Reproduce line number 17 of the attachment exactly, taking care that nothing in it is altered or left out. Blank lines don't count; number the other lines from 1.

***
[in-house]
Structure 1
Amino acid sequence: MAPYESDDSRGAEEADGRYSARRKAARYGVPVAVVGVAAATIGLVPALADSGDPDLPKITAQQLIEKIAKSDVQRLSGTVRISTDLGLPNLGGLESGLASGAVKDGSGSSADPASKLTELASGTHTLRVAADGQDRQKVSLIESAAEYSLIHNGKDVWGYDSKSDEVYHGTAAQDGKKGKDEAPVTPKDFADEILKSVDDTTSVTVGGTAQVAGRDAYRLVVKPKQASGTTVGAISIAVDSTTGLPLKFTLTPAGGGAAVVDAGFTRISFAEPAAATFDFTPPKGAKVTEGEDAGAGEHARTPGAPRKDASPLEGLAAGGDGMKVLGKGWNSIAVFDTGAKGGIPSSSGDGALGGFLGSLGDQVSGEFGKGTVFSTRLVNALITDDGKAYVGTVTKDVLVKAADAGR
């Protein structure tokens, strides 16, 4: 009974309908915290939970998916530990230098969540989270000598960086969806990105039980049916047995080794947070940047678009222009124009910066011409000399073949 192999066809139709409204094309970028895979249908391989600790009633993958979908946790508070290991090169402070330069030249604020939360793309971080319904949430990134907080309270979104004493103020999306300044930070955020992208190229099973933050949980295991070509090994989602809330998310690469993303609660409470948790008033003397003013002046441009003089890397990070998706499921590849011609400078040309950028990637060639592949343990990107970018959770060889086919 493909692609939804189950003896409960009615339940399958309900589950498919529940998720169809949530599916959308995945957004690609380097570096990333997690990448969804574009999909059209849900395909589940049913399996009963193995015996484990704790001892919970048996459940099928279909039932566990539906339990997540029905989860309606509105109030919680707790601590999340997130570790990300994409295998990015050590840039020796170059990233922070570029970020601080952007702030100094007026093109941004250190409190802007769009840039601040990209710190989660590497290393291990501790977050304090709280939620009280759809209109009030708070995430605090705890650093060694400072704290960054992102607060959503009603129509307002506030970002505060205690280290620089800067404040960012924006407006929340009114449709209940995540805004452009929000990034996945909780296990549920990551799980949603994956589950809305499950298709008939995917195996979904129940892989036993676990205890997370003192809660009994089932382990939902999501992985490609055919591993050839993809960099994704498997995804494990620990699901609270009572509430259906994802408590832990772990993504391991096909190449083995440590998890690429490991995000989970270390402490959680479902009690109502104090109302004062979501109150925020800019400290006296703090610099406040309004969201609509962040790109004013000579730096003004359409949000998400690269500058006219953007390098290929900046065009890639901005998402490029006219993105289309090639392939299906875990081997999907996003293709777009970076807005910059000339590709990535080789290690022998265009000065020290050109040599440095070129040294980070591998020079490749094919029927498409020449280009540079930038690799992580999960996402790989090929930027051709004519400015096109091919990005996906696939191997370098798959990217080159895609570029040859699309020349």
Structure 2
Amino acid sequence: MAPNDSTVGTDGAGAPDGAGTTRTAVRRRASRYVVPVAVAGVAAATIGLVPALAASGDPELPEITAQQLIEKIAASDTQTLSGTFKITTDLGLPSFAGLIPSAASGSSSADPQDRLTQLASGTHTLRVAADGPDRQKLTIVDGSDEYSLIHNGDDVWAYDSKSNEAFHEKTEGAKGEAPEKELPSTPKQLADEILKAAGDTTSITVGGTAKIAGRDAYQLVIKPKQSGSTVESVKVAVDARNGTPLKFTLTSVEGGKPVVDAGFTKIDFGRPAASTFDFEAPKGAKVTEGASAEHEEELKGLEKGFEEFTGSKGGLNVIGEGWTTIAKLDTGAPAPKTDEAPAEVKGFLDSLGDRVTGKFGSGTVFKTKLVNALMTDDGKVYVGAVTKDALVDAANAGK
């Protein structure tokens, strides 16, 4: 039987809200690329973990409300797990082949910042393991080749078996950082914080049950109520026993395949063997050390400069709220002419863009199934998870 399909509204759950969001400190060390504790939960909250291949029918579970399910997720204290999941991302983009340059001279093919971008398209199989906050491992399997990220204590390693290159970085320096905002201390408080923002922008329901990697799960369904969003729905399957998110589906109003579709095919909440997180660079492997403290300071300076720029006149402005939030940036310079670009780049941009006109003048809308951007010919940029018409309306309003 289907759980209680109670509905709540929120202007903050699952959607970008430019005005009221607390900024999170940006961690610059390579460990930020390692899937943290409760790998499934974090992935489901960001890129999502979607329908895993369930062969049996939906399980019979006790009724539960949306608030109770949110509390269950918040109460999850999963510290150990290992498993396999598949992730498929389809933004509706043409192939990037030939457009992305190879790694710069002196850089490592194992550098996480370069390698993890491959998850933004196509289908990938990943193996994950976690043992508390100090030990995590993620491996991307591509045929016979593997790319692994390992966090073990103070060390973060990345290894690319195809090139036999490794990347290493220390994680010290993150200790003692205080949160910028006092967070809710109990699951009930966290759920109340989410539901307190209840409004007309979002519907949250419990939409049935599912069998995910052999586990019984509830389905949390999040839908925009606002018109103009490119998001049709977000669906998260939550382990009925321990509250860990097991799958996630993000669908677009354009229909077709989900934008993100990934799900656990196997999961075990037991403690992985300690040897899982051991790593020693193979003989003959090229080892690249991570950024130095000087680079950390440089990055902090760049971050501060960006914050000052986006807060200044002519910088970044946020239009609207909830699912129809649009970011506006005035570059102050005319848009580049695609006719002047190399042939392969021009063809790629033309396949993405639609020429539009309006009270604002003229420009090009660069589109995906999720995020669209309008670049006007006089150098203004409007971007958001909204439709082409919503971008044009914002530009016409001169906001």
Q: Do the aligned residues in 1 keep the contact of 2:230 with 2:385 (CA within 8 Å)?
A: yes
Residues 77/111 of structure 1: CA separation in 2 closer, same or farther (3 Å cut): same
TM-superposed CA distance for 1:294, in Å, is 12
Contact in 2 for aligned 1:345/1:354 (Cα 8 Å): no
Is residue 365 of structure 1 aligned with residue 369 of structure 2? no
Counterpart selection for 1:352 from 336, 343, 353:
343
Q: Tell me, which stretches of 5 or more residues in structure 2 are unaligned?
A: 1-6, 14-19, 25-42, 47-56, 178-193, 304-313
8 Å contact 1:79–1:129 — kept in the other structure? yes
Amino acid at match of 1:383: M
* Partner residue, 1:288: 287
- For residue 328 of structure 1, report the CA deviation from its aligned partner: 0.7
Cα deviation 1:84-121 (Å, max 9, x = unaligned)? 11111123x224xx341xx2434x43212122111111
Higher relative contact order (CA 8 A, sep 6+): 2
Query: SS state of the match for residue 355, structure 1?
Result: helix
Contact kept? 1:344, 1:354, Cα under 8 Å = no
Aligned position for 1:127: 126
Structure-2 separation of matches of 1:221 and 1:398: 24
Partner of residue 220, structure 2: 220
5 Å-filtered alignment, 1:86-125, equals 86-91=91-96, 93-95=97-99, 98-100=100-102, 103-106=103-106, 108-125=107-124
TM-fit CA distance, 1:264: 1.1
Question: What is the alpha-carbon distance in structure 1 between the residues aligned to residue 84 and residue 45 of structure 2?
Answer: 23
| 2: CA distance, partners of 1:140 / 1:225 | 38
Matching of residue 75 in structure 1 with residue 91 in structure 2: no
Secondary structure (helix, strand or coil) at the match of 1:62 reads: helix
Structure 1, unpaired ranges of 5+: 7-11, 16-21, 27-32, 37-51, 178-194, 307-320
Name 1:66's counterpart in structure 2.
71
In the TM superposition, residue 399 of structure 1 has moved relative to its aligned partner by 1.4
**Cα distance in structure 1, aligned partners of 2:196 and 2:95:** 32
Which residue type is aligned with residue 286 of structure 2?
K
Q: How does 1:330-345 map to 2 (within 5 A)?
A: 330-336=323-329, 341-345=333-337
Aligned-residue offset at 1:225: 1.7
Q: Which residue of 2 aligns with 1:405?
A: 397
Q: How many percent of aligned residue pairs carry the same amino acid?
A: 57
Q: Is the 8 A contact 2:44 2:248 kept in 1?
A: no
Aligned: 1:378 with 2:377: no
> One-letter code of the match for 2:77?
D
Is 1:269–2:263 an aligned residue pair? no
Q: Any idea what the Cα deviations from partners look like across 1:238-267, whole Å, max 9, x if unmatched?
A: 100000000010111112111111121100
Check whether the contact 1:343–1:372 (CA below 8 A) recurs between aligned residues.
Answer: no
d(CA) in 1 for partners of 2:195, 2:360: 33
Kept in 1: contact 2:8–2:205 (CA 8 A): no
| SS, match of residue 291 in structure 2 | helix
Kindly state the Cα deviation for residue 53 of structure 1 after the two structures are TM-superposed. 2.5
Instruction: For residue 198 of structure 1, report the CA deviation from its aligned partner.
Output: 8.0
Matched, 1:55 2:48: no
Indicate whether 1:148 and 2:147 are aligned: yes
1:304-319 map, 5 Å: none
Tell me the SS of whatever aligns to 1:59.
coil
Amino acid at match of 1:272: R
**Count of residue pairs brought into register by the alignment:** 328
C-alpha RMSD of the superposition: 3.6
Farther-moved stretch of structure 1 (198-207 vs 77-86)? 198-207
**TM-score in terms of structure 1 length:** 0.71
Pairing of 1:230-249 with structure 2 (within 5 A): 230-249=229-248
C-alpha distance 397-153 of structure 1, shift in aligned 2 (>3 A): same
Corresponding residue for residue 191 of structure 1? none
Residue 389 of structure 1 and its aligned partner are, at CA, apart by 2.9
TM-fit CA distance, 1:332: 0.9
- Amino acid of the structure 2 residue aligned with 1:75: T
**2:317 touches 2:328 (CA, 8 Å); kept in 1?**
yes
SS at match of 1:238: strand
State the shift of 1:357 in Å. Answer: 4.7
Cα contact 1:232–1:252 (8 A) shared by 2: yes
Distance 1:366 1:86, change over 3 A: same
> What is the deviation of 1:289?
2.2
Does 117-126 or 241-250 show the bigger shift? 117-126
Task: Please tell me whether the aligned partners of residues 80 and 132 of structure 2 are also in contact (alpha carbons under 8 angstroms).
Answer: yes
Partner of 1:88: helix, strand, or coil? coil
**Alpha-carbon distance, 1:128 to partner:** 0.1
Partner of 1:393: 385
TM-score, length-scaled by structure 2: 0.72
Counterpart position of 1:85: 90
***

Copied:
A: 1-6, 14-19, 25-42, 47-56, 178-193, 304-313